Some call them old wives’ tales. Others swear by them. Whatever side you fall on, there is no doubt that home remedies have been around for centuries. Are they the best solution for what ails people, or odd attempts at medicine that simply don’t work?
A recent article in the Everett Herald featured three Bastyr University experts and asked them to help provide scientific answers to some well-known home remedies. Here are a few examples:
Does Honey Help Sore Throats and Coughs? FACT
A spoonful of honey added to a mug of tea is an effective treatment for sore throats and coughs.
“Honey is a demulcent, which means it soothes irritated mucous membranes. It also offers antimicrobial benefits, a broad term describing substances that help fight bacteria and viruses,” says Kiran Khaira, ND, a naturopathic resident at Bastyr Center for Natural Health.
A second option for a sore throat is gargling with warm salt water.
“The salt pulls the water out of your cells, which starves the virus or whatever other germ is aggravating your throat. I personally do it every four hours as long as I have symptoms,” says Neal Malik, DrPH, MPH, RDN, CHES, EP-C, assistant professor at Bastyr University California.
Is Toothpaste A Remedy for Pimples? FACT & FICTION
It's affordable, readily accessible and you may see some initial success, but toothpaste is still best used for teeth rather than skin.
“Toothpaste contains ingredients like baking soda and hydrogen peroxide that can help dry out acne,” says Bastyr University California Assistant Professor DeJarra Sims, ND. “However, there are also other chemicals in toothpaste, like alcohol and menthol that can cause over drying, irritation and possibly burning of the skin.”
If you prefer a home remedy rather than an over-the-counter treatment, Dr. Sims recommends using the raw materials in many toothpastes that do work. Make a paste from baking soda and hydrogen peroxide and apply directly to skin to dry out pimples.
Do Spicy Foods Cause Ulcers? FICTION
Feel free to dig into the salsa. Peptic ulcers are caused by the H. pylori bacteria and not spicy foods or stress as was previously believed. Antibiotics are now used to often successfully treat ulcers.
“If you have digestive problems already, such as irritable bowel syndrome or ulcerated colitis, it could aggravate it. However, spicy foods do not give ulcers,” Dr. Malik says.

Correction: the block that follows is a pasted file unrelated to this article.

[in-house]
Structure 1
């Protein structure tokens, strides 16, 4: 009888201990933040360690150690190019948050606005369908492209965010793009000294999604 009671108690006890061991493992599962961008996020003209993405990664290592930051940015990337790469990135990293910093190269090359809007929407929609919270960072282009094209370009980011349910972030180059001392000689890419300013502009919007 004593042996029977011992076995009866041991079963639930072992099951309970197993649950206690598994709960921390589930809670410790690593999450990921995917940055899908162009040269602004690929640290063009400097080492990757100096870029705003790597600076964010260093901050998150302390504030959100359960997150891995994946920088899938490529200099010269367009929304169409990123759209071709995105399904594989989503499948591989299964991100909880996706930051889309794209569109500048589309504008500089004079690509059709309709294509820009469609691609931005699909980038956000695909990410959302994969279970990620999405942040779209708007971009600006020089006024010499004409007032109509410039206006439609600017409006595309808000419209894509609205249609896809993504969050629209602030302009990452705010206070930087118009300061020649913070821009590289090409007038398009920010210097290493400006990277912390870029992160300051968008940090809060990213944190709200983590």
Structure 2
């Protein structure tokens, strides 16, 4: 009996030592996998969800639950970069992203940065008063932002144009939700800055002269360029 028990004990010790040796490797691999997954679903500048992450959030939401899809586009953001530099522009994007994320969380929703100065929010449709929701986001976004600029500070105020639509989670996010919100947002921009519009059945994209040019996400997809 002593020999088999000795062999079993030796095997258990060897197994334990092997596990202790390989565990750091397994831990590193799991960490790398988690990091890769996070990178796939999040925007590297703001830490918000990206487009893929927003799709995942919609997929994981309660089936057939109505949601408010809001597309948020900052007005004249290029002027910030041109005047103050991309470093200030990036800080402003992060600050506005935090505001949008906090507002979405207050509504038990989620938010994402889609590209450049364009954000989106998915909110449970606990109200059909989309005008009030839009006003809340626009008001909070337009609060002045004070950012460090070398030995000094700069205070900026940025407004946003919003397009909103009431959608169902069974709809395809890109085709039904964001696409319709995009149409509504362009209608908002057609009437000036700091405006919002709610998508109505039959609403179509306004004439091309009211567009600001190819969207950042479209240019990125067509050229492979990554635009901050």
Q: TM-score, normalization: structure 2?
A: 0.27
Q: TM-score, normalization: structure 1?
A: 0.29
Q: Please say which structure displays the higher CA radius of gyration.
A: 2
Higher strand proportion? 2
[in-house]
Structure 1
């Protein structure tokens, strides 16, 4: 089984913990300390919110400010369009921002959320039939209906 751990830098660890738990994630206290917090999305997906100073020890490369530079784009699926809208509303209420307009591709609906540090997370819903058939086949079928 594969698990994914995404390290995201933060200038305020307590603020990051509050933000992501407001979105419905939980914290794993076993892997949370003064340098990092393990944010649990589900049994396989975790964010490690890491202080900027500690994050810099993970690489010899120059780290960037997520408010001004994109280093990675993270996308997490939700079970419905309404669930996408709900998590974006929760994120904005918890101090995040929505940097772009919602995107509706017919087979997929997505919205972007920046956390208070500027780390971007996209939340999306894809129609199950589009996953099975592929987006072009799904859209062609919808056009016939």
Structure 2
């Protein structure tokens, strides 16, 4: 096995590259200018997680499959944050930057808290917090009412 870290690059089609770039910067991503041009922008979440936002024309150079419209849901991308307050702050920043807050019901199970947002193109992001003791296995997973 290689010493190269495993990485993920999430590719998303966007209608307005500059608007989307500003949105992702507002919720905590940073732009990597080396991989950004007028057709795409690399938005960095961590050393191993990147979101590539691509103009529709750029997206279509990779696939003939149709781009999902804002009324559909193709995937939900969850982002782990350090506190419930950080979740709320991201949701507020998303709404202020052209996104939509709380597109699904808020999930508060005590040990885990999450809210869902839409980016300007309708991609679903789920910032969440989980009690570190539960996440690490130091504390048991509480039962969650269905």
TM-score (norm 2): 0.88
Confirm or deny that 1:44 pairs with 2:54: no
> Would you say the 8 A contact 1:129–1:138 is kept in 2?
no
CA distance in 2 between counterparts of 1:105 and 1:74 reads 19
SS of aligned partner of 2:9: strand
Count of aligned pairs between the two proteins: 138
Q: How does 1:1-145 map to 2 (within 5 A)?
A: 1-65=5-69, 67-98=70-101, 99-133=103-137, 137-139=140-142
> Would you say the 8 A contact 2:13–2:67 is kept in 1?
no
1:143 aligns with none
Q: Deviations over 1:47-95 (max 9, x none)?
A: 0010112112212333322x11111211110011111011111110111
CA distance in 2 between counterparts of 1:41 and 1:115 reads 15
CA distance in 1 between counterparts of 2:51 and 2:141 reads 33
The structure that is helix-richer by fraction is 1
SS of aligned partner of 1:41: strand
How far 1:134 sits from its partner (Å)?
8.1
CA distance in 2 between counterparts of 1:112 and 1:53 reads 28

“Actually, there is a lot of research that shows spicy foods can be beneficial. They have powerful antioxidants and some studies are finding certain spices improve blood circulation, which potentially decreases the risk of heart attacks and strokes.”
Does Cranberry Juice Treat Urinary Tract Infections? FACT
According to the Mayo Clinic, more conclusive research is needed to pinpoint the degree of its effectiveness, but cranberry juice is useful in preventing urinary tract infections in women and helpful in treating existing infections in conjunction with antibiotics.
“Cranberry juice helps prevent the bacteria, E. coli, that causes most UTIs from multiplying and adhering to the walls of the urinary tract,” Dr. Khaira says. “Something that’s important, though, is to make sure you’re drinking cranberry juice with no sugar added. Sugar can actually make it worse.”
Some people find straight cranberry juice unpalatable due to its tartness. Dr. Khaira suggests cranberry concentrate in capsules as an alternative.
Is Chicken Soup A Cure-All? FACT & FICTION
Chicken soup is arguably the most commonly prescribed at-home treatment for colds and flus. There is no conclusive evidence that it's a silver bullet cure, but it provides many overall benefits.
“In general, hot liquids help you stay hydrated and any salt may make a sore throat feel better,” Dr. Malik says. “When we're sick, we need protein to help us heal more quickly and chicken provides that.”
To read the entire article, go to our Bastyr in the Media page.
Naturopathic Medicine Week 2-16 was a huge success at Bastyr University.Scroll to the bottom to see our video explaining the 6 Principles of Naturopathic Medicine.
Dr. Brendan Smith, ND, discusses the more holistic approach to diabetes and cardiovascular care that the Bastyr Clinic for Natural Health offers patients.
Stephanie Michael, a registered dietician nutritionist, was hired as the county’s Health Services Program manager, and is on the front lines of the COVID-19 response in Pacific County
The Institute of Natural Medicine announces that Dr. Joe Pizzorno has joined their Board of Directors
ND student Erin Arney co-authored a textbook, Eliminating Race-Based Mental Health Disparities.